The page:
Active Campaign Integration With Payment Processors

Active Campaign Integration With Payment Processors

Active Campaign Integration With Payment ProcessorsActive Campaign Integration With Payment Processors

To start building an automation in ActiveCampaign, begin with a “trigger.” There are a variety of methods you can set off an automation, consisting of: When a tag is included When a contact subscribes to a list When a contact sends a form E-commerce and on-site alternatives (offered in the “Pro” strategy) When the contact reaches a particular point in another automation.

From there, you can start building the actions in your automation. Some actions that are available in ActiveCampaign’s automations are: Send an email Inform a staff member Wait conditions If/then conditionals Split traffic for testing Avoid to other parts of the automation Track objectives (The contact can skip to the goal’s location in the automation.) Start or end another automation, or end the present automation Post a webhook Subscribe or unsubscribe the contact to/from lists Update contact information Include and remove tags Add a note Lead scoring, SMS and website messages, and Facebook Custom-made Audience management are all “Pro” functions – Active Campaign Integration With Payment Processors.

Contrast with ConvertKit‘s Automations, which are more minimal. On ConvertKit, you can set off an automation when: The contact sends a form The contact buys A tag is added to the contact A custom field is updated with a certain worth From there, you can create Conditions, to examine whether the contact has a particular tag or custom field worth.

Active Campaign Integration With Payment Processors

You can likewise develop Events, which are a bit like ActiveCampaign’s Objectives, but without the reporting. You can track an Occasion when: A tag is added or removed The contact makes a purchase A date occurs A customized field is updated with a particular value You do not produce e-mails in ConvertKit’s Automations.

For more on how ActiveCampaign compares to ConvertKit, read my ConvertKit vs ActiveCampaign comparison. The primary way I develop my list is through an e-mail course. ActiveCampaign makes it easy for me to construct my e-mail course exactly how I ‘d like to develop it. Numerous online marketers build really simple email sequences for their “e-mail courses.” A contact signs up, and after that that contact immediately begins getting lessons.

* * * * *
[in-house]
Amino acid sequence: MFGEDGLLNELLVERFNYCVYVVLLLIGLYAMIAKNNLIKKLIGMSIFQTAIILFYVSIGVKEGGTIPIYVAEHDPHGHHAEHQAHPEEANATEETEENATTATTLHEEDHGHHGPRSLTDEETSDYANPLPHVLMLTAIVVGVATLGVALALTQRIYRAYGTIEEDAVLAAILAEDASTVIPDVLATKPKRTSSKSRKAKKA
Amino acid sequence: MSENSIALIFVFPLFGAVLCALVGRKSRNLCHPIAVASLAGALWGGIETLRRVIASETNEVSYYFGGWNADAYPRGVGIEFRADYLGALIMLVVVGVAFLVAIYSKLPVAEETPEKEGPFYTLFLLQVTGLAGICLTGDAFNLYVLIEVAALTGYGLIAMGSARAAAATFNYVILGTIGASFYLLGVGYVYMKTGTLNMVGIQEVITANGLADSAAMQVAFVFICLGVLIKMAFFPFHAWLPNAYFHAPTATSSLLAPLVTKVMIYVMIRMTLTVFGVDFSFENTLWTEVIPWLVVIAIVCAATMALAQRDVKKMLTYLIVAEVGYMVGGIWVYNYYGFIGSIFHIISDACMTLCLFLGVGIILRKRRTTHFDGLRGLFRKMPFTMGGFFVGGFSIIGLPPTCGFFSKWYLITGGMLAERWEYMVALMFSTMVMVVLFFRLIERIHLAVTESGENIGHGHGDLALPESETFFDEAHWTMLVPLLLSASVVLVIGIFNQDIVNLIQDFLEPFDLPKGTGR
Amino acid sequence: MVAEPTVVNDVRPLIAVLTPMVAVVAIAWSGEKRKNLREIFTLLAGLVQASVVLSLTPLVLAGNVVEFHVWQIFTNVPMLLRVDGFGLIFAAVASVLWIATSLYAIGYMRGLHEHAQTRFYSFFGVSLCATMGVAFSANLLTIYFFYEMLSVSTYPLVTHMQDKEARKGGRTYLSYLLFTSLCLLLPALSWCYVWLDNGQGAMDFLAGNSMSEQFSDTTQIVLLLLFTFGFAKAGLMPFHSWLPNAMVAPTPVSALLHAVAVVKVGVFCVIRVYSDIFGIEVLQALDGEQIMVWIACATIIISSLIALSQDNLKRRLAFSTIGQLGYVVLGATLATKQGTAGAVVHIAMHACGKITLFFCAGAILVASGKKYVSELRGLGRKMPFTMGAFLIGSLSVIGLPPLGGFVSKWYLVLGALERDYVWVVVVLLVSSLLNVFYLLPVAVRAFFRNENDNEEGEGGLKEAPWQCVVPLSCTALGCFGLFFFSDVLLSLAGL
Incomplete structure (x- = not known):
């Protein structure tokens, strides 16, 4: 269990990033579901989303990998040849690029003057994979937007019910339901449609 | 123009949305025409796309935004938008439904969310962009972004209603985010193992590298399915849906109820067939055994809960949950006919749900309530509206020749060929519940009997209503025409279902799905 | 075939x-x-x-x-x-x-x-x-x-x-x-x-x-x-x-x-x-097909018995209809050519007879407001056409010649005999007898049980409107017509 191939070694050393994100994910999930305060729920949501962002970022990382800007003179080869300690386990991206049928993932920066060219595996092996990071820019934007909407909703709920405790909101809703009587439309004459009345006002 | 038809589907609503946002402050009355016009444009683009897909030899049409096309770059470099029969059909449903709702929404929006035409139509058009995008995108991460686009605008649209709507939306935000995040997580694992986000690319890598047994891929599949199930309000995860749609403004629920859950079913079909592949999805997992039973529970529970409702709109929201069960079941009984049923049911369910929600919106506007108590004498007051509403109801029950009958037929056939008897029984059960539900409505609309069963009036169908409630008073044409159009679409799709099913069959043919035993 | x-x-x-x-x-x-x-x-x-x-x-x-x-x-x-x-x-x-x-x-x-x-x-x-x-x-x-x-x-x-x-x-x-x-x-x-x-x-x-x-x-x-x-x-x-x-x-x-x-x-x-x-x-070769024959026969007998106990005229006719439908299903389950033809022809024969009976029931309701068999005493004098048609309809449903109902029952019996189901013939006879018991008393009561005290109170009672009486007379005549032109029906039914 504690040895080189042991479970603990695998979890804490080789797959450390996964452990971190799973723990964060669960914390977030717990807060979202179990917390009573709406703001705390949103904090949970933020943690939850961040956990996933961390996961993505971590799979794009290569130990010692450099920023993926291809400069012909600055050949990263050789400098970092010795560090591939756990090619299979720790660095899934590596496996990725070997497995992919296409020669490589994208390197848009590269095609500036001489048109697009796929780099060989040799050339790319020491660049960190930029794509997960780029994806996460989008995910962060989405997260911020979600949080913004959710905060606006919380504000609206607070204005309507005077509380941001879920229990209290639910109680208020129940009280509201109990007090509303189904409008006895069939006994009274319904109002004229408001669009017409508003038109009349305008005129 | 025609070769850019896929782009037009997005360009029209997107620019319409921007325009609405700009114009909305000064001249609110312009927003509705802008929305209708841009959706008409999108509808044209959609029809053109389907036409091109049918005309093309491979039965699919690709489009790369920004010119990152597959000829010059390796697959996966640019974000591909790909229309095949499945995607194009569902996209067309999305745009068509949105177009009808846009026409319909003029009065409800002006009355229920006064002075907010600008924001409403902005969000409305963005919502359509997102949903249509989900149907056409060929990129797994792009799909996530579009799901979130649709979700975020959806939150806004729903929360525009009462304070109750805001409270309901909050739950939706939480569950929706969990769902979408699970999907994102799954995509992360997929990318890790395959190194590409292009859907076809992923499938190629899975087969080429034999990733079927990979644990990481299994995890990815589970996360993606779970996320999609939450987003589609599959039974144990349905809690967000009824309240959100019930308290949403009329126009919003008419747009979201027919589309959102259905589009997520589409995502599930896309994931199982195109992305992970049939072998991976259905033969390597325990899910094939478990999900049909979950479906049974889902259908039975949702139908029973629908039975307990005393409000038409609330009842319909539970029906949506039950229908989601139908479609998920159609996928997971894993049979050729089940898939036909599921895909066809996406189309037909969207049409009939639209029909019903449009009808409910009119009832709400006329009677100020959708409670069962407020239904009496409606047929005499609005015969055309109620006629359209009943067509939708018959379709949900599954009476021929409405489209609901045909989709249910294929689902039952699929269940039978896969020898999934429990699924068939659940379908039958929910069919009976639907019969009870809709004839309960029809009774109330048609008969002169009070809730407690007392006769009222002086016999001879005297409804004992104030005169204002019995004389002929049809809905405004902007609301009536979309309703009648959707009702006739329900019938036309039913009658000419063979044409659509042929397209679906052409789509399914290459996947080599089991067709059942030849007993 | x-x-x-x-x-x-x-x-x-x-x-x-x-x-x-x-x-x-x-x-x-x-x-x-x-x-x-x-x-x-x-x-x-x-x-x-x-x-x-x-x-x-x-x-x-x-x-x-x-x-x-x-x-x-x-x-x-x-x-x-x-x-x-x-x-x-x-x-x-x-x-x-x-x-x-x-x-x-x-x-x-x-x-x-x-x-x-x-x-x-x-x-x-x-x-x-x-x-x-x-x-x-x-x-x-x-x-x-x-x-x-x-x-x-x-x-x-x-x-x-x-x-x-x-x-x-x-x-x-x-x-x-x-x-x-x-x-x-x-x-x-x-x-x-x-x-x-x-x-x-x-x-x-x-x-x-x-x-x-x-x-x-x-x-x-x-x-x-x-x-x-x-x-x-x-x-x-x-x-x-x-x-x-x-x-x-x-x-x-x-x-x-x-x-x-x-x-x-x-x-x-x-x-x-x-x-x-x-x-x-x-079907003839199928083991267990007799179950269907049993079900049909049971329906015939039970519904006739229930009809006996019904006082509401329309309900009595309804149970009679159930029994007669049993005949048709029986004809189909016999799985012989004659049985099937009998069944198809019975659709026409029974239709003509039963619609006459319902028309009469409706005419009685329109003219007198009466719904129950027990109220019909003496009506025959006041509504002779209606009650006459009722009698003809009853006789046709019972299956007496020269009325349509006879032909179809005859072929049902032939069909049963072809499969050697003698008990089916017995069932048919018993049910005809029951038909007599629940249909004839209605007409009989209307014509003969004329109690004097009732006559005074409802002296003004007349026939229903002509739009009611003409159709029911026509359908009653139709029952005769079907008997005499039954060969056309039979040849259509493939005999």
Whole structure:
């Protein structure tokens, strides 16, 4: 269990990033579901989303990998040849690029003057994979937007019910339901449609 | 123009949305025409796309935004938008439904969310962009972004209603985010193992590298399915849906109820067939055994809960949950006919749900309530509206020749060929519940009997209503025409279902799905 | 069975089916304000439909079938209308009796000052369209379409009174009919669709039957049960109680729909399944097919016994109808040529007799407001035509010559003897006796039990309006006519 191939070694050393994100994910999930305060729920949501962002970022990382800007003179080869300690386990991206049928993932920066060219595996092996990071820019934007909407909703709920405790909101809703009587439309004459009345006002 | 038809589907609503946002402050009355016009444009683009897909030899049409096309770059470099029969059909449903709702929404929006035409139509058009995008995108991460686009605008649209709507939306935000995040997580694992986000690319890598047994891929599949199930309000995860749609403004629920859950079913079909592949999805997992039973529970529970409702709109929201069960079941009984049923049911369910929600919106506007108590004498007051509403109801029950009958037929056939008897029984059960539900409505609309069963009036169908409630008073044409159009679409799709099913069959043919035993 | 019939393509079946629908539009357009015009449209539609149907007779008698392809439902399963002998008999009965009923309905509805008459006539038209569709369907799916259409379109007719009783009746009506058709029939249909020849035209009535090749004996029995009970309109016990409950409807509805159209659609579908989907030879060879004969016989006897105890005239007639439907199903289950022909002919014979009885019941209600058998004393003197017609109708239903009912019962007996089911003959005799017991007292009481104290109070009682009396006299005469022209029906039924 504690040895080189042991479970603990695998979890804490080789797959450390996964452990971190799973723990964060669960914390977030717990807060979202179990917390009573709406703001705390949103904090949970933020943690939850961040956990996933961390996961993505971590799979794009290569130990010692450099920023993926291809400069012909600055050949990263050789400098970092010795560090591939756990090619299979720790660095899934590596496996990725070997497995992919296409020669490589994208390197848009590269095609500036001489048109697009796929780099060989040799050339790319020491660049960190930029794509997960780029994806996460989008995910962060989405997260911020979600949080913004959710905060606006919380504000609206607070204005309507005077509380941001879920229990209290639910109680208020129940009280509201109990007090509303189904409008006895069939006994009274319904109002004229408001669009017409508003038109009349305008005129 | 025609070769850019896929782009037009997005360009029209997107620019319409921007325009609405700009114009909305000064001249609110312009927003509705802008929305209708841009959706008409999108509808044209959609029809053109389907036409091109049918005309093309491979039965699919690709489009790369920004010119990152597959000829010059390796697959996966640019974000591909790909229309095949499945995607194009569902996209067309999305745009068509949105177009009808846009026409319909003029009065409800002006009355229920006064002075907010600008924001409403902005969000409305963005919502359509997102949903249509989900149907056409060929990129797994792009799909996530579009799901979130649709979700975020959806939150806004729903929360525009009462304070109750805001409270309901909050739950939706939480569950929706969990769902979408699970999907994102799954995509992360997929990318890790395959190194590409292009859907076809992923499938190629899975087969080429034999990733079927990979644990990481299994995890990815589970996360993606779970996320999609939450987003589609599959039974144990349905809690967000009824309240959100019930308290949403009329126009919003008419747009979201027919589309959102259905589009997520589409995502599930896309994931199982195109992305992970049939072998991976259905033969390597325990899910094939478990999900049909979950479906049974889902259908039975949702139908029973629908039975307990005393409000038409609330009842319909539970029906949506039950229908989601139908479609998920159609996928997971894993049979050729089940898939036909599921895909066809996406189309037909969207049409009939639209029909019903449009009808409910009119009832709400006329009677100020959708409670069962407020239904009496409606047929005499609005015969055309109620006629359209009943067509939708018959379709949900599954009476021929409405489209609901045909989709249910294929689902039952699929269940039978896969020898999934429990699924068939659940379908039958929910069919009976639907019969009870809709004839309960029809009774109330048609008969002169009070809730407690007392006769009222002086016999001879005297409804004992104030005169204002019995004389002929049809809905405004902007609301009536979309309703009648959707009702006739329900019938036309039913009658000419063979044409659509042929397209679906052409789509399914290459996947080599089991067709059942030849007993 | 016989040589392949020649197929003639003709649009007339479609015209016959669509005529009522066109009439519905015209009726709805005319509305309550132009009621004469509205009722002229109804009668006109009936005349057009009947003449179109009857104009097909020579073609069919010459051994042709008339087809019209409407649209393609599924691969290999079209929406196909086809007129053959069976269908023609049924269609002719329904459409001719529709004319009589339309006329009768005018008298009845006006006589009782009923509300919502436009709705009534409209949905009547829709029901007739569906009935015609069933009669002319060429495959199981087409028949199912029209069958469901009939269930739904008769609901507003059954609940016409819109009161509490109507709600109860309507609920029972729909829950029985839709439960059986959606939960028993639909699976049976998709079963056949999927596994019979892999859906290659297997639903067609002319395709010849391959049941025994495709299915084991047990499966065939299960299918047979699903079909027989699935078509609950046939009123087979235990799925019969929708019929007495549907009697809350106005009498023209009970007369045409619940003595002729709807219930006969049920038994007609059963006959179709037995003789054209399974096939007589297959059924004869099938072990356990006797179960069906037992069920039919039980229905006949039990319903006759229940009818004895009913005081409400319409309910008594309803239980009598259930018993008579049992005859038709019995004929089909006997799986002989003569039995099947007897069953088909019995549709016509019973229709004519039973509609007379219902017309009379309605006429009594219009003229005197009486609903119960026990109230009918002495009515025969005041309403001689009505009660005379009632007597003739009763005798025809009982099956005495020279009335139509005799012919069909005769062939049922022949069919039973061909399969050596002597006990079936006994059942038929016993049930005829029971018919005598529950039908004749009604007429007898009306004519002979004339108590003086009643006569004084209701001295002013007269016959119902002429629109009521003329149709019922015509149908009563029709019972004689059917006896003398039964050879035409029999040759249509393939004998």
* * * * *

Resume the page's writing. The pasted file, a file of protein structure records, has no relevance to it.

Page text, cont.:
It was simple to develop with ActiveCampaign, but difficult when I was with MailChimp. I don’t do that approach. My e-mail course is by hand synced with this countdown timer on my website. You have to sign up by Friday night, and a brand-new course starts each Monday early morning. When I first attempted this approach, I was on MailChimp.

Active Campaign Integration With Payment Processors

Here’s the automation I utilize to invite new students to my Design Pitfalls course. There’s a few things going on here: The automation sends out all contacts a “welcome email (Active Campaign Integration With Payment Processors).” The automation confirms that it’s not Friday. If it’s not Friday, the automation waits up until it is Friday. At 11am, it sends a “pump up” e-mail to get the trainees ready for next week’s course, and encourage them to share it with pals.

The contact will begin getting lessons the following Monday early morning. If it is Friday and after 7pm, the contact missed enrollment for next week’s class. They’ll get the pump up email the following Friday morning, and lessons the Monday after that. It was difficult for me to automate this with MailChimp.